Hair Systems and the African-American Client

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THERE ARE MAJOR DIFFERENCES YOU SHOULD KNOW ABOUT IN CREATING AND CARING FOR YOUR HAIR SYSTEMS, DEPENDING ON YOUR ETHNICITY.

The most important thing when it comes to choosing a hair system, no matter who it’s for, is that it has to have that natural frontal hairline that matches how your hairline looked before. “It’s the first thing people notice when you walk in the door,” claims Cynthia Turner-Primus, senior design consultant at HRS of Atlanta, a non-surgical hair replacement provider in Atlanta, Ga., in business for more than 32 years. “If the wind blows, you still want a natural look. You’ll still want to be able to style your hair without any inconvenience. You’ll want to let it down or have an elegant updo from the nape. But above all, you don’t want anyone to know you are losing your hair!”

Another commonality in all ethnicities is that hair systems for men are easier to create than hair systems for women. “Luckily,” says Turner-Primus, “there are lots of tips, tricks and technology now to accomplish this more natural-looking result in women, too.” She explains that in creating the hair system, the four most important differences to capture when designing for a black woman are the frontal hairline, the texture of the hair, the cap tone itself and the hair density. And, finally, a black woman’s hair system requires more diligent care because of the processing of the actual hair, which makes it more fragile.

Designing hair systems made for African-Americans

Hair texture: “Until recently, black hair never really looked natural on a wig or on a hair system: It was too wavy and had a hard shine on it, which does not look natural. Once we were able to get the right process on the hair, hair replacement systems for African-American women became a great option,” says Turner-Primus. “For Asians we’re able to match their hair texture exactly by using 100 percent human Asian hair, and for Caucasian women we use medium 100 percent human Indian hair for its natural wave variation, shine and volume while not being overly dense.”

Frontal hairline: “It doesn’t matter who the individuals are or what their ethnicity is, we are trying to match their natural look, the way it used to be before they lost their hair. And the best way to do that is through pictures. We can hand customize and re-create any hairline whether it needs to blend with existing hair or on a full cap of hair, and we try as hard as possible to mimic the person’s hair as it used to be,” adds Turner-Primus. A lot of the customization to the person’s formal style or ethnicity will happen upon the final cutting, designing and styling of the hair system while the client is wearing it.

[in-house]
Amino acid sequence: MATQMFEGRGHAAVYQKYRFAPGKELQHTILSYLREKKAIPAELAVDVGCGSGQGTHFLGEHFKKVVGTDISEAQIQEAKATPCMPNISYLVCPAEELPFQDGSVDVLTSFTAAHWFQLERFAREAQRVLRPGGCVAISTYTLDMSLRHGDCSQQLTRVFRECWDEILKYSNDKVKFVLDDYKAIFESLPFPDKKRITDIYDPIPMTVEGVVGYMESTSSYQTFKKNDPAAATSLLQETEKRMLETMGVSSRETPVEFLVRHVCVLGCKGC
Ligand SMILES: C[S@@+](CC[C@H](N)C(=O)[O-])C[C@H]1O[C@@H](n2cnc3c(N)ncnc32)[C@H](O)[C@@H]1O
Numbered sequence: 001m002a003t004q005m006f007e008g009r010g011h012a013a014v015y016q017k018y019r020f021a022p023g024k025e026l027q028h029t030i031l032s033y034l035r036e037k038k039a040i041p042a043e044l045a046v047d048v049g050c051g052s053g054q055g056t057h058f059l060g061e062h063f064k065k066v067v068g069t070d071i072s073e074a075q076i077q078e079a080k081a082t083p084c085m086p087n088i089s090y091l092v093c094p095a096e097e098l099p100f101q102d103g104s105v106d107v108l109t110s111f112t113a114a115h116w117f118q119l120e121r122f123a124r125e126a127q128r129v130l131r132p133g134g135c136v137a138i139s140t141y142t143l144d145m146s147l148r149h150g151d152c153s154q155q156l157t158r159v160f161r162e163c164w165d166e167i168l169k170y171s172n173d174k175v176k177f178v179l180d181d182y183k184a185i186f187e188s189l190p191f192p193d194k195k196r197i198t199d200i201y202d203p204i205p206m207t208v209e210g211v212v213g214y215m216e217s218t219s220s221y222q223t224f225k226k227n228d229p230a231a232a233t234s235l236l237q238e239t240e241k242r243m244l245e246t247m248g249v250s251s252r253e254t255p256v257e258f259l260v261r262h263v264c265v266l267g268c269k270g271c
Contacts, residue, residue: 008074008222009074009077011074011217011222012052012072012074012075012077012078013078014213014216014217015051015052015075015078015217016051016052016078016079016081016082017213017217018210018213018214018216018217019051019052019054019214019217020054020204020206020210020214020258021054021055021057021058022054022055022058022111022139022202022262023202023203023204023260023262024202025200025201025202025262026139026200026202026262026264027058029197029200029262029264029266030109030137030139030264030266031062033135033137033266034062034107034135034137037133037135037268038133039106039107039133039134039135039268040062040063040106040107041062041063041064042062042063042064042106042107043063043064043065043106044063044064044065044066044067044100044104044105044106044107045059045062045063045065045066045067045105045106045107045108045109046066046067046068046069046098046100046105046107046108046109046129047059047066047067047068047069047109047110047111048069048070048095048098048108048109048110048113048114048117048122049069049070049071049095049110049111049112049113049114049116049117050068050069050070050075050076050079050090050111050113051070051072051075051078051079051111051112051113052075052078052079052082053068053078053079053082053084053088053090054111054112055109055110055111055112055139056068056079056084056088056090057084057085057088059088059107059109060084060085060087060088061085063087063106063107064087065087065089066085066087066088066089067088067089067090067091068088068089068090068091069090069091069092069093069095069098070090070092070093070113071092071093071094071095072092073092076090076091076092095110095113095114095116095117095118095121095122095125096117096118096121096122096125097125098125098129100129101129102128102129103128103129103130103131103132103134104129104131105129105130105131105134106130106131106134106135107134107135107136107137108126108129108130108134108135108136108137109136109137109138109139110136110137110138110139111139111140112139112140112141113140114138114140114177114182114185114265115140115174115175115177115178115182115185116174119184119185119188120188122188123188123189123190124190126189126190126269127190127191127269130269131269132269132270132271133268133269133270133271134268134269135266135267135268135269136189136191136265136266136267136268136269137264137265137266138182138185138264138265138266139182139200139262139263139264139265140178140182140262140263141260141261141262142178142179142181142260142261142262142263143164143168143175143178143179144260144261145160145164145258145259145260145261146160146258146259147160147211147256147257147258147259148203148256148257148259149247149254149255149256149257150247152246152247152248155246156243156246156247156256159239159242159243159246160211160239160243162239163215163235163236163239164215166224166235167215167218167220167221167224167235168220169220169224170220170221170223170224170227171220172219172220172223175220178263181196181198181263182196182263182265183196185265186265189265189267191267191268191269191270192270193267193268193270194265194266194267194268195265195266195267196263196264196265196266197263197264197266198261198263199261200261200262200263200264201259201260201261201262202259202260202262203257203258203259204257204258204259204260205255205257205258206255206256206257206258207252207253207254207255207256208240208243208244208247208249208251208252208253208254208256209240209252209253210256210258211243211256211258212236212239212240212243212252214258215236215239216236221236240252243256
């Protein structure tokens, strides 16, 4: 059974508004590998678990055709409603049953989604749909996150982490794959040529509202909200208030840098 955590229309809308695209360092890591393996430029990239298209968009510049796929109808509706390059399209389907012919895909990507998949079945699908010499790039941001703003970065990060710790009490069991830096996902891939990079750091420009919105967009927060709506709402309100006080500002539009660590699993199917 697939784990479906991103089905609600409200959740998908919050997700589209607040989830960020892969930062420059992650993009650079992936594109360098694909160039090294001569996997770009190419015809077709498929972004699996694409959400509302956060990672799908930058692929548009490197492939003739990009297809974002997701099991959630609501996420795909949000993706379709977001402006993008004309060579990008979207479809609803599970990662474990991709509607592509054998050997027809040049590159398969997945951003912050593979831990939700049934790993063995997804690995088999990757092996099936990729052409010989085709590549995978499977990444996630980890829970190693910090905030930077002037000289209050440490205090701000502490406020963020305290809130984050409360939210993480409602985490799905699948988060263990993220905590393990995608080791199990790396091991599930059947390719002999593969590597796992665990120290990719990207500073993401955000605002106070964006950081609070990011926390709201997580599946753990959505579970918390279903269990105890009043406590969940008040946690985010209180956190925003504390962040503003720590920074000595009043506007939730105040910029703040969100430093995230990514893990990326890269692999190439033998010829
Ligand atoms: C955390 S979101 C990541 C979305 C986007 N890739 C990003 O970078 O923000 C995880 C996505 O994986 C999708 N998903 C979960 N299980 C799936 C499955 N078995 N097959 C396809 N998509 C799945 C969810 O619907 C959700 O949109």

Hair density: “Hair density definitely differs among ethnicities,” states Turner-Primus. “While we can match the hair texture by using different types of hair to begin with, we are careful to match the necessary density the person used to wear, as well. Especially for African-American women, too much density in a hair system can be overbearing, particularly if they’ve been without hair for some time,” she adds. The main thing is that it shouldn’t look like a wig, which is often too thick and dense.

Base tones: While most Caucasian and Asian women use the same basic neutral base tones, African-American women come in many different skin tones and hues, which must be customized and personalized at the base for a natural-looking scalp, as if the hairs are growing right out of it and it perfectly matches the client’s skin tone.

Caring for hair systems made for African-Americans:

  • Never brush hair from the top of the crown downward, because hair can get mixed and matted. Brush from the ends first, working your way up to reduce tangles. The hairs are not attached to a live follicle, so they can un-knot or simply break off. Caucasian hair can be a little silkier, so you can brush it gently.
  • Wear a satin hair cap to bed, or make sure hair is safely contained in two loose ponytails or braids. Because of the hair’s chemical processing, it tends to mat very quickly if not protected at night.
  • When shampooing, always do so in a shower and always in the direction that water and the hair naturally flow, which is down. Never pile hair up or rub it around. You must minimize tangling at all cost. Just massage gently with fingers at the cap to push shampoo and water through to clean your scalp underneath.
  • Use a spray-in, leave-in conditioner to avoid buildup at the cap. Brush from the ends first, working out any tangles.
  • Use special products and tools formulated and created for use on hair systems that your hair replacement specialist recommends and shows you how to use, no matter what your ethnicity. And stick to the same line of products.
  • All tools should be used on the lowest heat setting, especially for hair systems for African-Americans, since the hair is already processed and more fragile.

“It’s a learning curve,” says Turner-Primus, “one that I take very seriously. I really listen to my clients about what they need their hair to do, and I take my time to show them how to get the best results. I let them participate in making choices in the creation of the hair system so they can have a vision of what they’re going to look like in it — then I help make it come true!